By Maj. Jasmine Peterson
U.S. Army Public Health Command
Did you know that your heart beats more than 100,000 times a day, pumping nearly 1,900 gallons of blood? This means your heart is beating almost 42 million times and pumping about 700,000 gallons of blood a year.
February is American Heart Month, a time to bring awareness to the risks of heart disease and ways to stay ‘heart healthy.’ So, show your heart some love this month.
One of the first steps to cherishing your heart is to know and understand your heart health numbers.
Monitor and know your blood pressure
High blood pressure or hypertension is often called the ‘silent killer’ because many do not know they have it; and it is one of the leading causes of death within the United States. A healthy blood pressure is a systolic pressure (the top number, pressure when the heart is beating) below 120 and a diastolic pressure (the bottom number, pressure when the heart rests between beats) below 80.
Check your cholesterol
Cholesterol is a waxy fat-like material that your body needs. However, too much of it puts you at risk for heart disease and stroke. You can check your cholesterol through a simple blood test. Get your cholesterol checked every five years, unless your healthcare provider recommends more frequent checks, ensuring that your heart is pumping as smoothly as possible.
Be passionate about your heart’s health by putting some prevention into play.
Track your weight
Maintain a healthy weight. Being overweight or obese can increase your risk for heart disease.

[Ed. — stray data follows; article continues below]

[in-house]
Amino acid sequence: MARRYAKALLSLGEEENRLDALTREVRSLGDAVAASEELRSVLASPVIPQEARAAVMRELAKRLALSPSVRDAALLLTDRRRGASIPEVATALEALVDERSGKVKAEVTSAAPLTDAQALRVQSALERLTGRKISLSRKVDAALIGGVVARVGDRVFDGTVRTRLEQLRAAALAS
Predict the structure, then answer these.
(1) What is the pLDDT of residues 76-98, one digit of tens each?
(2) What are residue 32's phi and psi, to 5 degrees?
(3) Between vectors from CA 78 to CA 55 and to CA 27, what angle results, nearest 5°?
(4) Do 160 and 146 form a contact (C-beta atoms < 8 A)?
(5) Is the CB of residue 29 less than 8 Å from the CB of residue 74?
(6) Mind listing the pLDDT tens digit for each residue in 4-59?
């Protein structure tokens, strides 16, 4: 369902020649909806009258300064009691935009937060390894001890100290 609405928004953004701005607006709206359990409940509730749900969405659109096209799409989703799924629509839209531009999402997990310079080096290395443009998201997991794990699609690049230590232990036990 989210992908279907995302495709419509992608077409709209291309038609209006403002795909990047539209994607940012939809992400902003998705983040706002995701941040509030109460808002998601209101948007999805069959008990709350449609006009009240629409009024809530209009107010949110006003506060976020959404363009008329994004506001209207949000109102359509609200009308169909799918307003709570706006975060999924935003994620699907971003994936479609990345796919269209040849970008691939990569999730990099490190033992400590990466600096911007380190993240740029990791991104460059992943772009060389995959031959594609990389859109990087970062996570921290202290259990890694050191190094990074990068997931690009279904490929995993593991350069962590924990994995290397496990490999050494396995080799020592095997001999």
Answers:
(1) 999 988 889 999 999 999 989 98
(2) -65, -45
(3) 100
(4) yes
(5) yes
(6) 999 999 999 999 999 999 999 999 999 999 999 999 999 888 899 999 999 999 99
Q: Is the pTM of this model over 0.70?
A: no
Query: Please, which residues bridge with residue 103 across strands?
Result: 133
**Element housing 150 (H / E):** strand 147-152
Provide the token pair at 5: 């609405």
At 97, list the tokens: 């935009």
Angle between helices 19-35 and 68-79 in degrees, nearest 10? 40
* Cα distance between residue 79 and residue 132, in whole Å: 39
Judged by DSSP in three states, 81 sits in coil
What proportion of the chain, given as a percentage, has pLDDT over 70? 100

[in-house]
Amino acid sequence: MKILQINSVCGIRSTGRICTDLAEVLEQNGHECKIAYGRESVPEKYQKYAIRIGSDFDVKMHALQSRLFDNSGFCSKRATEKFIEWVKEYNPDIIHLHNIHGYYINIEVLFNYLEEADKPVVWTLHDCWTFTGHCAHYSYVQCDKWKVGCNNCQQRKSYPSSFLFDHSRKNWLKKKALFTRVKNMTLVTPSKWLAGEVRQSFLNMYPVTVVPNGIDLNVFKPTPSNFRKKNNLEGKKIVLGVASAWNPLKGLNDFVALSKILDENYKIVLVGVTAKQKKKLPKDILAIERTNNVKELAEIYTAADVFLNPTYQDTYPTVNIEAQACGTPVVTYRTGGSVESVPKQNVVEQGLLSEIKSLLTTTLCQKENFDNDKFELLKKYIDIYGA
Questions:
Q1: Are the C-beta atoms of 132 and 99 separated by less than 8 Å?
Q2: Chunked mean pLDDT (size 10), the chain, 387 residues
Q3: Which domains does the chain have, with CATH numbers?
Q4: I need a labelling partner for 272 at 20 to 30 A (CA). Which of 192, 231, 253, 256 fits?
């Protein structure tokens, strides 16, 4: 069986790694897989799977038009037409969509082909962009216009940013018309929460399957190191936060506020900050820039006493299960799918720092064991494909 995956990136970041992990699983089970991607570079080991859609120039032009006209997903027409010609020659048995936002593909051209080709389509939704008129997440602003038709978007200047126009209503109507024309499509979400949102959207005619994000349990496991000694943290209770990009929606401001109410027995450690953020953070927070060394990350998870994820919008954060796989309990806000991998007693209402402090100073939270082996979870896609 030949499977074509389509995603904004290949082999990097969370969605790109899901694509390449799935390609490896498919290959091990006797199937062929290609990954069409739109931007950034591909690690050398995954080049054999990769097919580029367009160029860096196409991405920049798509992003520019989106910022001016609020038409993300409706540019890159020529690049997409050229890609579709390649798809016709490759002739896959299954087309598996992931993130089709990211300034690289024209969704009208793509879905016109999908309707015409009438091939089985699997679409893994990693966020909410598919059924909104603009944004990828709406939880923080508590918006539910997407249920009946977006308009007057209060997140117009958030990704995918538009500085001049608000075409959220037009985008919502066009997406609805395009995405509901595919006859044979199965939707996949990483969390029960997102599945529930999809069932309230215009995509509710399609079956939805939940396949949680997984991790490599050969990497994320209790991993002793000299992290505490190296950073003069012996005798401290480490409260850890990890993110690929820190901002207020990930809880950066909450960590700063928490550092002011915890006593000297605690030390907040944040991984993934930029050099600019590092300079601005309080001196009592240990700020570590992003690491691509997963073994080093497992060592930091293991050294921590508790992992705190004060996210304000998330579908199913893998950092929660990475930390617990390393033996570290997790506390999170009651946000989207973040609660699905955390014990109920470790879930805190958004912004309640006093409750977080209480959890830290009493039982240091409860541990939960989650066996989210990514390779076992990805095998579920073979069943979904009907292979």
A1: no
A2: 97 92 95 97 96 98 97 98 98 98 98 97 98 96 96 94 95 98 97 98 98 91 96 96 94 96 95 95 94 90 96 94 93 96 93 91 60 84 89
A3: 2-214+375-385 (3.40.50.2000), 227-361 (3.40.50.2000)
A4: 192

Get a yearly check-up
Work with your healthcare team even if you feel healthy. This is a great way to check for and control conditions that may be putting you at risk for heart disease such as hypertension or diabetes.
Eat foods high in fiber and low in saturated fat, trans fat, salt and cholesterol. Aim to eat at least five servings of fruits and vegetables a day. Choosing to eat a healthy diet can help you avoid heart disease.
One of the best ways to make your heart strong is to work it out. Getting at least 150 minutes of exercise a week, like brisk walking, can help you stay at a healthy weight and lower your cholesterol and blood pressure.
If you smoke, quit. If you don’t, do not start. Smoking cigarettes greatly increases your risk for heart disease. Your healthcare team can help you quit, so give them a call if you smoke or use tobacco products.
Limit your alcohol
Drinking too much alcohol over time can increase your risk for heart disease. If you are a woman, stick to no more than one alcoholic beverage a day and if you are a man, no more than two.
So, go ahead and make your heart your valentine this month and try these tips. As always, contact your healthcare provider before starting any diet and exercise program as well as to get more information about improving your heart health.
For more information on getting healthy, visit the American Heart Association at www.heart.org. Learn more about the Performance Triad at http://armymedicine.mil.